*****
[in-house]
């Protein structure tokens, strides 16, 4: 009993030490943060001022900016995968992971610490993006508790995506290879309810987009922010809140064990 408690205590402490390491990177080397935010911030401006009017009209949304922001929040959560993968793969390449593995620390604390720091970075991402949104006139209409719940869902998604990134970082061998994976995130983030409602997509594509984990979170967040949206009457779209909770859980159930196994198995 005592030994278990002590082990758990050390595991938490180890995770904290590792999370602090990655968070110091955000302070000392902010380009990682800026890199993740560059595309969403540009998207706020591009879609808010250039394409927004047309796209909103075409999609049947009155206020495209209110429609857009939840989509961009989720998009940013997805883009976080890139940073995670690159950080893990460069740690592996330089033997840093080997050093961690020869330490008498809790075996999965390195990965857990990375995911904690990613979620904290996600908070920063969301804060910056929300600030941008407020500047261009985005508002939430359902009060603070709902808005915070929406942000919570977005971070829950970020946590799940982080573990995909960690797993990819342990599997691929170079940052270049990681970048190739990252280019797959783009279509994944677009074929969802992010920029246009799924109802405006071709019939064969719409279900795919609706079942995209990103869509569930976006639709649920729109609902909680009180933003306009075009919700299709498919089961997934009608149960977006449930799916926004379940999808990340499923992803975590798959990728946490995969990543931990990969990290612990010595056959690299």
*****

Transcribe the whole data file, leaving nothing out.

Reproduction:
[in-house]
């Protein structure tokens, strides 16, 4: 009993030490943060001022900016995968992971610490993006508790995506290879309810987009922010809140064990 408690205590402490390491990177080397935010911030401006009017009209949304922001929040959560993968793969390449593995620390604390720091970075991402949104006139209409719940869902998604990134970082061998994976995130983030409602997509594509984990979170967040949206009457779209909770859980159930196994198995 005592030994278990002590082990758990050390595991938490180890995770904290590792999370602090990655968070110091955000302070000392902010380009990682800026890199993740560059595309969403540009998207706020591009879609808010250039394409927004047309796209909103075409999609049947009155206020495209209110429609857009939840989509961009989720998009940013997805883009976080890139940073995670690159950080893990460069740690592996330089033997840093080997050093961690020869330490008498809790075996999965390195990965857990990375995911904690990613979620904290996600908070920063969301804060910056929300600030941008407020500047261009985005508002939430359902009060603070709902808005915070929406942000919570977005971070829950970020946590799940982080573990995909960690797993990819342990599997691929170079940052270049990681970048190739990252280019797959783009279509994944677009074929969802992010920029246009799924109802405006071709019939064969719409279900795919609706079942995209990103869509569930976006639709649920729109609902909680009180933003306009075009919700299709498919089961997934009608149960977006449930799916926004379940999808990340499923992803975590798959990728946490995969990543931990990969990290612990010595056959690299």